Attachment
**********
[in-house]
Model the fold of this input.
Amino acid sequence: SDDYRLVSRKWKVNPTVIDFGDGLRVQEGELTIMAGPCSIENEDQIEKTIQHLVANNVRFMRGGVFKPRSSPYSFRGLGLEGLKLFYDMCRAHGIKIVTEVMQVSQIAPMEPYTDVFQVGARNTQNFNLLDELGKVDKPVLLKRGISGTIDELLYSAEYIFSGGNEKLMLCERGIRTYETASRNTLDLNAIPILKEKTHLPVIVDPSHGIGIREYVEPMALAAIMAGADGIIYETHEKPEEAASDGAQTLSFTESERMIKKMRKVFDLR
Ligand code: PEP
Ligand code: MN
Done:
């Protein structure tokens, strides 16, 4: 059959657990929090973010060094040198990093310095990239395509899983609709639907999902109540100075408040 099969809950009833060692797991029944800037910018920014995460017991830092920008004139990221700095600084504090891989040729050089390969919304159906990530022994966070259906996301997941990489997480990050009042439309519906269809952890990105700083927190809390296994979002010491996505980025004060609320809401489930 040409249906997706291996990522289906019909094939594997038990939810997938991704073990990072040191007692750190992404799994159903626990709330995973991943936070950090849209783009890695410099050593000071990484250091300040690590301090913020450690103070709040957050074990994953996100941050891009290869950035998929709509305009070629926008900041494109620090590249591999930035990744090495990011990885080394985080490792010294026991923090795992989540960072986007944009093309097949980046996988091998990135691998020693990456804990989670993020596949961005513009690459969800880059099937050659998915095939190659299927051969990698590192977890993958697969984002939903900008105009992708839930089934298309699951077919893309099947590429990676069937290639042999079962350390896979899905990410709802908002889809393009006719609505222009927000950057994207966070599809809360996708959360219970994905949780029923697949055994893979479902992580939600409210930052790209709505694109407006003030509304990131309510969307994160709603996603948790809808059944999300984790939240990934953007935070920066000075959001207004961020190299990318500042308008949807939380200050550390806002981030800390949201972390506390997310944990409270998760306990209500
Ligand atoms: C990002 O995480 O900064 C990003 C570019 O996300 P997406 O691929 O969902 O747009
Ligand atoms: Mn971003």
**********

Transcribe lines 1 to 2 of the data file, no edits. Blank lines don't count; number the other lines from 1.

[in-house]
Model the fold of this input.